Scientists have discovered remains of microorganisms in Canada that are between 3.8 and 4.3 billion years old, providing direct evidence of one of the oldest life forms on the Earth. Tiny filaments and tubes formed by bacteria that lived on iron were found encased in quartz layers in the Nuvvuagittuq Supracrustal Belt (NSB) in Quebec, Canada.
The NSB contains some of the oldest sedimentary rocks known on the Earth which likely formed part of an iron-rich deep-sea hydrothermal vent system that provided a habitat for Earths first life forms between 3,770 and 4,300 million years ago, researchers said.
“Our discovery supports the idea that life emerged from hot, seafloor vents shortly after planet Earth formed. This speedy appearance of life on Earth fits with other evidence of recently discovered 3,700 million year old sedimentary mounds that were shaped by microorganisms,” said Matthew Dodd from University College London (UCL) in the UK.
“These discoveries demonstrate life developed on Earth at a time when Mars and Earth had liquid water at their surfaces, posing exciting questions for extra-terrestrial life,” Dodd said.
Prior to this discovery, the oldest microfossils reported were found in Western Australia and dated at 3,460 million years old but some scientists think they might be non-biological artifacts in the rocks.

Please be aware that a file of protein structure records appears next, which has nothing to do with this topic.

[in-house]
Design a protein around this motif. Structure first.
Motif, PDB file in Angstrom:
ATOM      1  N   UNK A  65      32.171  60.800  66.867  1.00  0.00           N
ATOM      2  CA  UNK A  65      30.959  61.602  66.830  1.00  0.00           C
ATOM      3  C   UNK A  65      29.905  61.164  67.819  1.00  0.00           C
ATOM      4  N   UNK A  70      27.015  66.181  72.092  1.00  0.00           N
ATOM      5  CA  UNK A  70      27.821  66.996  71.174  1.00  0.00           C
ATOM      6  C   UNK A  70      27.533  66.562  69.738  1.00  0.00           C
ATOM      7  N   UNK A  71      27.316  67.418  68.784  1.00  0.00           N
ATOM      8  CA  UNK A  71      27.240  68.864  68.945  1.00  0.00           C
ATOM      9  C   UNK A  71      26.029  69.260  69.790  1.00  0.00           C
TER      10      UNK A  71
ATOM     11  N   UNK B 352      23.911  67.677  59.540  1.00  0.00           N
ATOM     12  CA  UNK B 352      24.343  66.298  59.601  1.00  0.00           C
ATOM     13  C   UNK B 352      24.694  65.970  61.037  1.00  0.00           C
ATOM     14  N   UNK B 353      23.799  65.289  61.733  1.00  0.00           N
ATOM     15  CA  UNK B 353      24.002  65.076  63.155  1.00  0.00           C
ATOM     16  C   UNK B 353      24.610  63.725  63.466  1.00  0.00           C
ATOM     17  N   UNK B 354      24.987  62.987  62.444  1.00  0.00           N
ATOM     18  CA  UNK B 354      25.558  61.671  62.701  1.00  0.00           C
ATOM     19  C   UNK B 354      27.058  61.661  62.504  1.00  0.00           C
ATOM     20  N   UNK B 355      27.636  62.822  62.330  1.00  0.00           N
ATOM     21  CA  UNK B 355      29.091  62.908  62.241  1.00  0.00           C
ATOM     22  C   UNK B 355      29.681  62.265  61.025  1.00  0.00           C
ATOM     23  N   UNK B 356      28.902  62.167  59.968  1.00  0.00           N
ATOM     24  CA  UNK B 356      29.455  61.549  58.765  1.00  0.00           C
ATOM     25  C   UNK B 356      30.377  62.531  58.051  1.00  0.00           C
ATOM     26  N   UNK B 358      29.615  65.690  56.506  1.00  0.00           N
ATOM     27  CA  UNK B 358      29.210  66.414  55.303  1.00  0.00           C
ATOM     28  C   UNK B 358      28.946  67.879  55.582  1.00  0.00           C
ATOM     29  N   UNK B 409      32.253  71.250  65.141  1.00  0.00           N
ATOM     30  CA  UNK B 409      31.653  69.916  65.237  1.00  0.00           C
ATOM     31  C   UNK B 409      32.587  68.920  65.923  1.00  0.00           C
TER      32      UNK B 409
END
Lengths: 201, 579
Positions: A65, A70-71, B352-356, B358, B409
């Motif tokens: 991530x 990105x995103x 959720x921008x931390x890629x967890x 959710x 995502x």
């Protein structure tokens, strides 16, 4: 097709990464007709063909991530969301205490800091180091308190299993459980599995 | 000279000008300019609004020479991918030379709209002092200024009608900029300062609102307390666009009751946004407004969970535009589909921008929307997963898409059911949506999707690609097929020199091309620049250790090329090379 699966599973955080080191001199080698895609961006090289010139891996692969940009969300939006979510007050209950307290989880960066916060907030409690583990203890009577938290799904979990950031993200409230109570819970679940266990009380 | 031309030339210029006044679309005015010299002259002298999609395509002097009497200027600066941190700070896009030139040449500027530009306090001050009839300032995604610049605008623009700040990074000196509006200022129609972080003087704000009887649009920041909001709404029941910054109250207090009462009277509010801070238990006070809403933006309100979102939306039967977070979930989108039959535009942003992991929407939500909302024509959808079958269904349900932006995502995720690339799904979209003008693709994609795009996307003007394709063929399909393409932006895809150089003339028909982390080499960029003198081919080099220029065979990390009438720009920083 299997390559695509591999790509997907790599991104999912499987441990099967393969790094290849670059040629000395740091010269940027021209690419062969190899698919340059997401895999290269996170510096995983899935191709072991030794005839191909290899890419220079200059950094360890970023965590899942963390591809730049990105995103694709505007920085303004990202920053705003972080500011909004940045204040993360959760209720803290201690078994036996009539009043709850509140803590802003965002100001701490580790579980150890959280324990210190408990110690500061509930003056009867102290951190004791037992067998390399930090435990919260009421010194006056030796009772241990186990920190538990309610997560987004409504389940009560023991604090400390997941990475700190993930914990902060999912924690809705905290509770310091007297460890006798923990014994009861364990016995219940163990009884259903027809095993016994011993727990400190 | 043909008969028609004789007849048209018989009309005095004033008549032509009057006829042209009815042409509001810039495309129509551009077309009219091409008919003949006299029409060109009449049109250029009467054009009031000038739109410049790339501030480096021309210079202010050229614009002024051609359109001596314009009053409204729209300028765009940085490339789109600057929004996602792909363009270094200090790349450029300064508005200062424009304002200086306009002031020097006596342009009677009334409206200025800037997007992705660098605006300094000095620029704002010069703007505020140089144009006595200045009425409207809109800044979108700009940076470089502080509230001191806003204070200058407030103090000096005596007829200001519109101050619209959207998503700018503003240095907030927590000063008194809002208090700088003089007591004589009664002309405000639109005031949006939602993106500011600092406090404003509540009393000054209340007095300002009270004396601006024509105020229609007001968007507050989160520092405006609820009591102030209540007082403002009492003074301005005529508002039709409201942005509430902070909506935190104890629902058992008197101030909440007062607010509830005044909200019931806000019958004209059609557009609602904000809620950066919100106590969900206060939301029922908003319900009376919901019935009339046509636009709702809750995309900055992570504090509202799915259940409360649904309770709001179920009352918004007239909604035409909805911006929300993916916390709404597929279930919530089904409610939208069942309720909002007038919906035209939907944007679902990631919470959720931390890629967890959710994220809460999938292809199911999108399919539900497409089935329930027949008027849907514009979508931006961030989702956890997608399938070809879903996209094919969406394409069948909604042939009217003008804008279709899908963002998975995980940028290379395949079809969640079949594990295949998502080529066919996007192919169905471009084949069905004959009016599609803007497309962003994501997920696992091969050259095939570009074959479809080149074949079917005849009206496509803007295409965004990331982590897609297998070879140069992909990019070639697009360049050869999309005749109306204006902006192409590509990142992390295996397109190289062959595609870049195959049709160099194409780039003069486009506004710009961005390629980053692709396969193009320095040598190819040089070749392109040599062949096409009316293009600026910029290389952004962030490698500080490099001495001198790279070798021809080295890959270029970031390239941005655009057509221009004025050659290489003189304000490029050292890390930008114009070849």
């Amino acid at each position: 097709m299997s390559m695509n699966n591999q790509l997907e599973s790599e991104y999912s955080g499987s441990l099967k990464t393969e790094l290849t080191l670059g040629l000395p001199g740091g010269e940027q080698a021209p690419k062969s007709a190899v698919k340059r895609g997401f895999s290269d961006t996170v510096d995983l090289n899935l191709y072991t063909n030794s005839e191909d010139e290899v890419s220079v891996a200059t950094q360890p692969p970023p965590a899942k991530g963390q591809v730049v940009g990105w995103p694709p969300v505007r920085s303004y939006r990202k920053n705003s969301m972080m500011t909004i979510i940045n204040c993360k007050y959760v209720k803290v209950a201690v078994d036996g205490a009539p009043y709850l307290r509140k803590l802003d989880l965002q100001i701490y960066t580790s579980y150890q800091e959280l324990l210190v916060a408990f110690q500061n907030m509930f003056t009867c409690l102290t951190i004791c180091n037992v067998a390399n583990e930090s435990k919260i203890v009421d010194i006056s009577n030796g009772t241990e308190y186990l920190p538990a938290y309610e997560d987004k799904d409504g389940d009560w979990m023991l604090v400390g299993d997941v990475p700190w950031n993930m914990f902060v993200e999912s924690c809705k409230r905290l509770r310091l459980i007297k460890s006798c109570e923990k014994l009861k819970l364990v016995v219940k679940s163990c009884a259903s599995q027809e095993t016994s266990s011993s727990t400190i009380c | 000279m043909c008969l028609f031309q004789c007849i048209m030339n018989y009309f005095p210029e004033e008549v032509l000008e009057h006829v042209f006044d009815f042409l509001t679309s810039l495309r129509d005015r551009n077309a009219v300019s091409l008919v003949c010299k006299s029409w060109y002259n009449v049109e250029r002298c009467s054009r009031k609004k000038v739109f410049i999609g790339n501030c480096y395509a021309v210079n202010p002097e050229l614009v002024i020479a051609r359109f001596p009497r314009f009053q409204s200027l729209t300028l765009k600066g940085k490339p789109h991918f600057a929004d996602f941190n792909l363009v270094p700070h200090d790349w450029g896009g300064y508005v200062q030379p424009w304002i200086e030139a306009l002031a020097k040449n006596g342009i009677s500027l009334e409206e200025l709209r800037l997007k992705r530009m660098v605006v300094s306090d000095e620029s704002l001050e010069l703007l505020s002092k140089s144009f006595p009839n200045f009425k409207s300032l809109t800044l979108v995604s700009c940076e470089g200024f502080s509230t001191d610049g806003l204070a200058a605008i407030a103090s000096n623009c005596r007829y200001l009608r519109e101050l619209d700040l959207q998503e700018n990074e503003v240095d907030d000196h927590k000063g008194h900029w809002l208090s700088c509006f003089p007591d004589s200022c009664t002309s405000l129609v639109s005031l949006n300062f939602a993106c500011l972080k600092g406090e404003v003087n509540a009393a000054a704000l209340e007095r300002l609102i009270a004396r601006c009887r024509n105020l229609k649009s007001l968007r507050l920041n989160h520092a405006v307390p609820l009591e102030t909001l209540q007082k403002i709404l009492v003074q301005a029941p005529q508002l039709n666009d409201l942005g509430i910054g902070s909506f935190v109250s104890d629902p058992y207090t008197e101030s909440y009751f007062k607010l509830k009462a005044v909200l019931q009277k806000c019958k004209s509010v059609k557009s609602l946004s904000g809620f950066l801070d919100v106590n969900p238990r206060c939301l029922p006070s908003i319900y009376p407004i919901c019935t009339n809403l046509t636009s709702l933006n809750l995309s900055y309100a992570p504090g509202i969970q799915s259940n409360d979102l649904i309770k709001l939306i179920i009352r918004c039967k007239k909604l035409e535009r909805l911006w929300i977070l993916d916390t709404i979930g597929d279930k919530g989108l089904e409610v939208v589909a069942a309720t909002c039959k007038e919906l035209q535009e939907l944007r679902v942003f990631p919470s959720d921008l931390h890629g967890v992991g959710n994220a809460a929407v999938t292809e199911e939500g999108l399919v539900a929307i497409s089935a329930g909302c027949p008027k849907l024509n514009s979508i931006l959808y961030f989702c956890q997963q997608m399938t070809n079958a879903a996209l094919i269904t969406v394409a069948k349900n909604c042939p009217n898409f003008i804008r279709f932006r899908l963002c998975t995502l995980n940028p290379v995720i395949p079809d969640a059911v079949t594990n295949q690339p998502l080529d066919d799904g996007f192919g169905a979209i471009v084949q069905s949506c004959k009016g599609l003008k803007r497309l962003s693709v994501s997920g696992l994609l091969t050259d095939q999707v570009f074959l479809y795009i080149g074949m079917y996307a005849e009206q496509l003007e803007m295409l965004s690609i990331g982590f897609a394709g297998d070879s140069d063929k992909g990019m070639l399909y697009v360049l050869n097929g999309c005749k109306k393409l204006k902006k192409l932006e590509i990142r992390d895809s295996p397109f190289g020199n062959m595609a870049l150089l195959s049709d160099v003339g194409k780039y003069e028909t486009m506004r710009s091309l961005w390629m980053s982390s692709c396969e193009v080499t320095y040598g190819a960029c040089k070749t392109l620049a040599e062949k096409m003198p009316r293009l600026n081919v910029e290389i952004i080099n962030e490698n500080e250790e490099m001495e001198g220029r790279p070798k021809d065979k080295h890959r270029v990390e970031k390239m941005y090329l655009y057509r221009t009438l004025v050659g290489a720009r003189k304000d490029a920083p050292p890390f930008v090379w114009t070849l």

- Systematically looked at the ways the tubes and filaments, made of haematite – a form of iron oxide or rust – could have been made through non-biological methods such as temperature and pressure changes in the rock during burial of the sediments, but found all of the possibilities unlikely.
- The haematite structures have the same characteristic branching of iron-oxidising bacteria found near other hydrothermal vents today and were found alongside graphite and minerals like apatite and carbonate which are found in biological matter including bones and teeth and are frequently associated with fossils.
- They also found that the mineralised fossils are associated with spheroidal structures that usually contain fossils in younger rocks, suggesting that the haematite most likely formed when bacteria that oxidised iron for energy were fossilised in the rock.
The fact that life kick-started not long after Earth formed suggests it could also emerge on watery worlds outside our Solar System at comparable stages of formation, the scientists said.
“If life happened so quickly on Earth, then could we expect it to be a simple process that could start on other planets?”, asked lead author Matthew Dodd, a graduate student at the London Centre for Nanotechnology.
The results were published in the peer-reviewed journal Nature.